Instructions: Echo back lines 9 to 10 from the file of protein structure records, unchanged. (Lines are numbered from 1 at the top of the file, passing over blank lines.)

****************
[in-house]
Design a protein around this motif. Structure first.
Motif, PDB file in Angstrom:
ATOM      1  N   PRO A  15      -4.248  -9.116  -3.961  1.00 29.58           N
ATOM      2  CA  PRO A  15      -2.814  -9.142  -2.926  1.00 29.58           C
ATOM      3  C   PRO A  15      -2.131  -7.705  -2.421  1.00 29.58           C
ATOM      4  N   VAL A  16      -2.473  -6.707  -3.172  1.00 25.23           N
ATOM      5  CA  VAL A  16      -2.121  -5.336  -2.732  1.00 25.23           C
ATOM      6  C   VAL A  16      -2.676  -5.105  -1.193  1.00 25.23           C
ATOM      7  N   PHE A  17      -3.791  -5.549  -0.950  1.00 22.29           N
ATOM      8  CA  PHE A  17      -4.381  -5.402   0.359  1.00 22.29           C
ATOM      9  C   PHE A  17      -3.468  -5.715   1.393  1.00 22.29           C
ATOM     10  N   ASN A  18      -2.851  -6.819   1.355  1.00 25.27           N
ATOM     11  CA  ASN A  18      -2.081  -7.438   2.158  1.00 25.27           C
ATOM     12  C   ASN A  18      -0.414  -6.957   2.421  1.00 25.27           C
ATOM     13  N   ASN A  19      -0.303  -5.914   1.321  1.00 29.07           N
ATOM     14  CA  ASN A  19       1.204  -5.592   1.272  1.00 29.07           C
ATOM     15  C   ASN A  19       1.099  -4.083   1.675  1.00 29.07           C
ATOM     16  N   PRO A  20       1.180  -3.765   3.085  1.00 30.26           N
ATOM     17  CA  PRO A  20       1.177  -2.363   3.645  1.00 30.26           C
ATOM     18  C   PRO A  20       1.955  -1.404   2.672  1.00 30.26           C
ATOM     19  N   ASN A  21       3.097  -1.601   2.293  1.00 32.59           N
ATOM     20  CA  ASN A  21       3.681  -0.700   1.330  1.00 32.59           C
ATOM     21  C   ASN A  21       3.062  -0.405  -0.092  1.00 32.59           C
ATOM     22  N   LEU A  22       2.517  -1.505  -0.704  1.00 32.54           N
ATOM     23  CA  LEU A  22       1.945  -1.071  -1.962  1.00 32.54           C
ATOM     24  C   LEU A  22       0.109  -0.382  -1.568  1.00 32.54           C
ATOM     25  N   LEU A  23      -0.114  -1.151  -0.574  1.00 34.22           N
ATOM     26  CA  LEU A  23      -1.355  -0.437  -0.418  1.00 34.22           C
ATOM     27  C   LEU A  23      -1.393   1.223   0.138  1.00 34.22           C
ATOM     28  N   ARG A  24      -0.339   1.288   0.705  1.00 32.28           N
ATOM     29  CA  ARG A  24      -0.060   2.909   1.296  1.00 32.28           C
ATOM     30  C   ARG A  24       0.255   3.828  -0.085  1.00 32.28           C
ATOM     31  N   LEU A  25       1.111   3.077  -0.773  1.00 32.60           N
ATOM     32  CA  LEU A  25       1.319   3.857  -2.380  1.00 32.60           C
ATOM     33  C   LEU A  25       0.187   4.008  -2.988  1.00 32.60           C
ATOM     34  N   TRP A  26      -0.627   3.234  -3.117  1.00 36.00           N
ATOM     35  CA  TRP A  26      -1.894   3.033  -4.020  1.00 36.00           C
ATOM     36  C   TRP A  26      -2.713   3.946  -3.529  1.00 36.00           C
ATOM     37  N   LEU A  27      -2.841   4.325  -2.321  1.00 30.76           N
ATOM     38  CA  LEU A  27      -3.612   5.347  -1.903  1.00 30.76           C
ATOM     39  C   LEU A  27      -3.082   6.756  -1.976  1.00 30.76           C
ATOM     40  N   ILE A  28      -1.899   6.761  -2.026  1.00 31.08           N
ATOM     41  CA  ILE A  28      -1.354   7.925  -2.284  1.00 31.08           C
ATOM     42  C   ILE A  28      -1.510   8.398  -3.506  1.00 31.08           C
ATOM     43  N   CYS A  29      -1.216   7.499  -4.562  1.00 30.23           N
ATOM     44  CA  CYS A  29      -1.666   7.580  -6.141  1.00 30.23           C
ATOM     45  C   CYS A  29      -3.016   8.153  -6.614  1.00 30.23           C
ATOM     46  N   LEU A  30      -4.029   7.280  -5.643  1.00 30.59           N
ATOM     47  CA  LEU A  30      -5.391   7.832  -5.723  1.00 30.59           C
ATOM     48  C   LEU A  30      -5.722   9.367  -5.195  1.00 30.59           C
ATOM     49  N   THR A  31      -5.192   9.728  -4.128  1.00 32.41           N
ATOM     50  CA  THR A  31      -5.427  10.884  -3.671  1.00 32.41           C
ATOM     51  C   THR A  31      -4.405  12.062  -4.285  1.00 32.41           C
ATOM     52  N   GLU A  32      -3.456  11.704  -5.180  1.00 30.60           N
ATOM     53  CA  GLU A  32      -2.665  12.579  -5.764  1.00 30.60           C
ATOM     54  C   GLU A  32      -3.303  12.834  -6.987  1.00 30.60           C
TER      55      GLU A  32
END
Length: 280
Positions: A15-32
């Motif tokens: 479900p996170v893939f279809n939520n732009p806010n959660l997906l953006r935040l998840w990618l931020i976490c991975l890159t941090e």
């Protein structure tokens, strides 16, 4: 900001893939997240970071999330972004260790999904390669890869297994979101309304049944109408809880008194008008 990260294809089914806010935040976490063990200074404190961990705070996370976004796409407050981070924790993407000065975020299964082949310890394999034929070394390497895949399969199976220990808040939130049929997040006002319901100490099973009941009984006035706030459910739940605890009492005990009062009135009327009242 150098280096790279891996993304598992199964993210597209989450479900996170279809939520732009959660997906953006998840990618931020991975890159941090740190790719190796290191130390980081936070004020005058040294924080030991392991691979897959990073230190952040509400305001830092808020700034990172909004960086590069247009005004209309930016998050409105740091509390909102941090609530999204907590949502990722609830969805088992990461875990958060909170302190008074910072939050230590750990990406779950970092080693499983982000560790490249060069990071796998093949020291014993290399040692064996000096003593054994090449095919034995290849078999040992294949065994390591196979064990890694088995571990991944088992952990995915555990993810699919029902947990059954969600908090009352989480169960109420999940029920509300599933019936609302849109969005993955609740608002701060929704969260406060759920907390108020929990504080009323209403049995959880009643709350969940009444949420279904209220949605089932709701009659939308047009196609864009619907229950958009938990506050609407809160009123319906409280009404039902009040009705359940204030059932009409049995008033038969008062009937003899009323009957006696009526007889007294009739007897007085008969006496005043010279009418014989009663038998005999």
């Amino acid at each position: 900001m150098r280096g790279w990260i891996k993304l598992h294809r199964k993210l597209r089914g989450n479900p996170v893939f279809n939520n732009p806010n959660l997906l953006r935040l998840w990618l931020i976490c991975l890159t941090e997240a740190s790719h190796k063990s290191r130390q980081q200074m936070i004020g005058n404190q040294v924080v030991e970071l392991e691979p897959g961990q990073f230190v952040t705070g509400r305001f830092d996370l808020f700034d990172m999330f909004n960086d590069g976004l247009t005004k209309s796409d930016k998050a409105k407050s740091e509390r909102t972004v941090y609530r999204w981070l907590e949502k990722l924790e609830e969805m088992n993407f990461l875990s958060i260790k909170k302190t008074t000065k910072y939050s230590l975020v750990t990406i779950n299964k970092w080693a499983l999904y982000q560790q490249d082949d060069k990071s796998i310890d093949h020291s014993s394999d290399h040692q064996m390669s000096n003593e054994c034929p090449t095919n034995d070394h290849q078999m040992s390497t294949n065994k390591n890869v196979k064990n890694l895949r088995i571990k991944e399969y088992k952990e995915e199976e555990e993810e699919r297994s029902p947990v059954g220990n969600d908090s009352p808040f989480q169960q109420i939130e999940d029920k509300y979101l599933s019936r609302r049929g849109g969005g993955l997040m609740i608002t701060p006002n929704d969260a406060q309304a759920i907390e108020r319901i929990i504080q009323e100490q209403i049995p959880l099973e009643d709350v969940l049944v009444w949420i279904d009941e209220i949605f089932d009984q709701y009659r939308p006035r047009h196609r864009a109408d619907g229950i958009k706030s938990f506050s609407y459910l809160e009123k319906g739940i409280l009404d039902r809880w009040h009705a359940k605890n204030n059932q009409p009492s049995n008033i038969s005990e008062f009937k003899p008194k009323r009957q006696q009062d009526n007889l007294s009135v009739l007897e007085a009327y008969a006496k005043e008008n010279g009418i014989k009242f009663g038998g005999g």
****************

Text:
ATOM      6  C   VAL A  16      -2.676  -5.105  -1.193  1.00 25.23           C
ATOM      7  N   PHE A  17      -3.791  -5.549  -0.950  1.00 22.29           N